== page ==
> It is one thing when you say something and someone actually listens. It’s even neater when you say something and discover that others, whom you don’t even know, are saying the same thing. But when the President of the United States says what you were saying, well, that’s just way too cool! (And I am very jaded when it comes to Presidents of the United States.)
President Obama is urging Americans–whether employed or not–to volunteer, pitch in, give back, help out. Others have been encouraging that as well, especially those find themselves laid off from their for-profit jobs. But if they weren’t listening to the rest of us, I hope they listen to President Obama. But I’m worried that nonprofits just aren’t ready to handle the demand. What is feeding my worry? Far too many nonprofits do a poor job of handling the volunteers who already have been knocking on their doors. And until recently, most nonprofits were only getting a trickle. But that trickle adds up to about 4.7 million volunteers nationwide, across the entire sector. (As an interesting aside: did you know that nonprofits employ 9.4 million people? And that when you add in the number of volunteers mentioned above, that’s 10% of the American workforce? And that, ladies and gentlemen, is more than the combined workforces of the auto and banking industries!) So, what if everyone listens to the President and the floodgates open? Are nonprofits prepared to make use of the skills and talents and good will of the volunteers? Are they prepared for how to integrate the work of the paid staff with the work of the volunteers? Are they prepared to deal with volunteer expectations and needs? That seems unlikely. Thus, if you are hoping to use some of those people being urged to volunteer, get busy now. Here are some of the bare minimums that you should do.
- Identify someone to be your volunteer coordinator because, yes, there needs to be someone who will be the volunteer point person (for both the volunteers and the paid staff), manage the volunteers, cajole the volunteers, stroke the volunteers, etc.
- Identify those jobs that can be done by volunteers and write the job descriptions, including number of hours expected to work and qualifications needed to do the job. Only create a volunteer position if there is real work that needs doing and a competent person willing to supervise that volunteer. Volunteers want their work to be needed and valued. Volunteering isn’t simply a matter of killing time; it is about helping to do important work and, maybe, learning a new skill or two along the way.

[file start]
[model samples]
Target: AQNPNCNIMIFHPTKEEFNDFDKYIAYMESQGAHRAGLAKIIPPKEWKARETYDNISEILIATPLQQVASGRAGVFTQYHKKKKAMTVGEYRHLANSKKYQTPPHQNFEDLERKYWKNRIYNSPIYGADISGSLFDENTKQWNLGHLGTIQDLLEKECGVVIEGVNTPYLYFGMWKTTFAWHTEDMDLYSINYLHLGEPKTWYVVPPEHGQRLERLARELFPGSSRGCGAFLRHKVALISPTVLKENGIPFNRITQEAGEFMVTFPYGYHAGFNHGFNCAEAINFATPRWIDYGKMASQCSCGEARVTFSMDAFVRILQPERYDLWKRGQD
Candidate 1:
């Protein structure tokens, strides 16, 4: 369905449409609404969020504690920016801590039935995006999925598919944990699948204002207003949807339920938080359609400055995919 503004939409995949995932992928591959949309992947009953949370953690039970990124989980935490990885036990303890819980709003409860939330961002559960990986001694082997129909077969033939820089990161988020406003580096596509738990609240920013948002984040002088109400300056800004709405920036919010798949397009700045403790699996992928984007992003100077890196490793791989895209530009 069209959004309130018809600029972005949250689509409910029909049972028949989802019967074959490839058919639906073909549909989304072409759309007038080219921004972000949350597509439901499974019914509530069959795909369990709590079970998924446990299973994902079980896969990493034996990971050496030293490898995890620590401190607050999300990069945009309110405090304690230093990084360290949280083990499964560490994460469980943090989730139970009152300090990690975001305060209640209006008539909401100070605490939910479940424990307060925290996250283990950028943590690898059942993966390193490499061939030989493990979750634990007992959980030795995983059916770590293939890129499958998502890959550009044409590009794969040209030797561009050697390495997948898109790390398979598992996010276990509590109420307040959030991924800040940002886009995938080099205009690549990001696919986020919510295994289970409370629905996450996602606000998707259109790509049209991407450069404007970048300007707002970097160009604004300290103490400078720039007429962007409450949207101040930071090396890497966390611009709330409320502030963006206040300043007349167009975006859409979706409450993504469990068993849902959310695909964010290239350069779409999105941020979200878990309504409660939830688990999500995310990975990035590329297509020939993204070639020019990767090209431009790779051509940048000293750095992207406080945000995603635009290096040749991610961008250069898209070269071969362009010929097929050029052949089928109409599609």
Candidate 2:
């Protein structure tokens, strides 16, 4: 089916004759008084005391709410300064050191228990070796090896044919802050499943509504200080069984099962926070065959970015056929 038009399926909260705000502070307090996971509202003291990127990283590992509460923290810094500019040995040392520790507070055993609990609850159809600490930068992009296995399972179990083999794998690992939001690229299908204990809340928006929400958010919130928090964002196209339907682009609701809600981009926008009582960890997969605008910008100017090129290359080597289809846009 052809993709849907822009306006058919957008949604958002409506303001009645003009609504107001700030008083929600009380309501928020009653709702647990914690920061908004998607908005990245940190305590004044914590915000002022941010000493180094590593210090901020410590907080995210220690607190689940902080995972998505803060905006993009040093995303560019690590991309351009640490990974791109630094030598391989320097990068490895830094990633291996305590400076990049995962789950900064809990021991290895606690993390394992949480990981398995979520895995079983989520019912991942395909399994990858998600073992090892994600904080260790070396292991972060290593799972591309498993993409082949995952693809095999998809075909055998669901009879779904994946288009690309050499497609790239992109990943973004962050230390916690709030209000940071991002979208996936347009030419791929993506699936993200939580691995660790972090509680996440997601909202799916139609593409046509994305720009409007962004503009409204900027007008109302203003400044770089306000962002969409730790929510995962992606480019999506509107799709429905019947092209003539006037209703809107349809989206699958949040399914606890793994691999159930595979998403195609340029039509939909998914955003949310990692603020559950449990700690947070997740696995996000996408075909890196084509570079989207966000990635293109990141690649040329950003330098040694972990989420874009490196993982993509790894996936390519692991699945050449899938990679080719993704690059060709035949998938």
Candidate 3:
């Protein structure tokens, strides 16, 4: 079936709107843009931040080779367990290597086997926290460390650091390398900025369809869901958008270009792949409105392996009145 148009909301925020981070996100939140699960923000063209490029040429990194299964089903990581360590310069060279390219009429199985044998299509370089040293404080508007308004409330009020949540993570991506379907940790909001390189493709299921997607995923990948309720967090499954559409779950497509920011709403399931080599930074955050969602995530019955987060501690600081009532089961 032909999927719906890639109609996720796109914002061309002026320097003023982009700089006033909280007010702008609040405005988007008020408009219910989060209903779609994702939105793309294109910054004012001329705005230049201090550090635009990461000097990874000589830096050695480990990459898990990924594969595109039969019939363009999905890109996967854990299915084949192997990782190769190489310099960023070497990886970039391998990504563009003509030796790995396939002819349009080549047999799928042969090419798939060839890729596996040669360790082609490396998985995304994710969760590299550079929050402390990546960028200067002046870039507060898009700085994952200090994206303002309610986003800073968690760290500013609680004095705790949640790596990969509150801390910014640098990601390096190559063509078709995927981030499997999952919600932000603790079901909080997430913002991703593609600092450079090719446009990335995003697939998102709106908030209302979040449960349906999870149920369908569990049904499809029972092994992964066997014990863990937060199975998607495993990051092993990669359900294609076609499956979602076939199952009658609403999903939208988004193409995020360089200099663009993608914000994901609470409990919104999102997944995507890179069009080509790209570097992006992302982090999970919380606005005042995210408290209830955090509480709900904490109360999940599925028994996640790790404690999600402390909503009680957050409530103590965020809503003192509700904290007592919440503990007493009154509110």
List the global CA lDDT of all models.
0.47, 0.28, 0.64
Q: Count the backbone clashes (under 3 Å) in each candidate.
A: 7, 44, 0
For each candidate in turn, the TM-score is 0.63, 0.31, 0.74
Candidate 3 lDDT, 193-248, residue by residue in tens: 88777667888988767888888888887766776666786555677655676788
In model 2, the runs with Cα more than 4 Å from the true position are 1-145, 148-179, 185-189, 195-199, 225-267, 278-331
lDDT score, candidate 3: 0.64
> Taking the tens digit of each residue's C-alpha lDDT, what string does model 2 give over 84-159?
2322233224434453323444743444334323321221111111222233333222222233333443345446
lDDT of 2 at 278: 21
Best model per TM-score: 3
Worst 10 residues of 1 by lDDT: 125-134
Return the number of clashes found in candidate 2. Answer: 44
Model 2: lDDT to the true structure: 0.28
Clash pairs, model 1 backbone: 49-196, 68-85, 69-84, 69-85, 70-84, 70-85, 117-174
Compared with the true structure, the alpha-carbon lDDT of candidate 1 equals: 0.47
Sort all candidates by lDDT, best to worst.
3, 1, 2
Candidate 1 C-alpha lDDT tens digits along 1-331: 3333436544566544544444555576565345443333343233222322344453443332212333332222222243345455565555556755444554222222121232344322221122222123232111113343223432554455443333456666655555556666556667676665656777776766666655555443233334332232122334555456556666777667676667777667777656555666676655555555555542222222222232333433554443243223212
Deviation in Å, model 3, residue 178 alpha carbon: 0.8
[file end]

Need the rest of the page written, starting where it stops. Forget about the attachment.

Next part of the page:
- Create a “hiring” process for your volunteers. The more you do up front to demonstrate the professionalism of your volunteer program, the more likely you will be to get professional, dedicated performance from your volunteers in return. (Yes, volunteers need to be hired–which implies a screening process. Not every volunteer who comes knocking needs to be accepted. If you have specific jobs with specific qualifications that you need to have done, there won’t be a position for everyone who comes looking. That is okay. And while we are on this subject, remember: not every volunteer works out, just as not every employee works out. Which means that, yes, volunteers may need to be “relieved” of their volunteer duties. It is okay to say, “No thank you.” Or, “Thank you very much, but things aren’t working out as we had hoped.”)
- Determine how you will appreciate your volunteers. Will it simply be a thank you?” (Do not under estimate the value of a sincere and appreciative thank you.) Whatever you do, make sure you know how you will nurture and thank your valued volunteers on whom you want to rely.
Successful volunteer programs, whether of one or of thousands, do not run themselves or operate successfully by happenstance. But a good volunteer program can be invaluable, and well worth the investment. The President has made the call to the volunteers. I’m calling you to be ready now to receive them.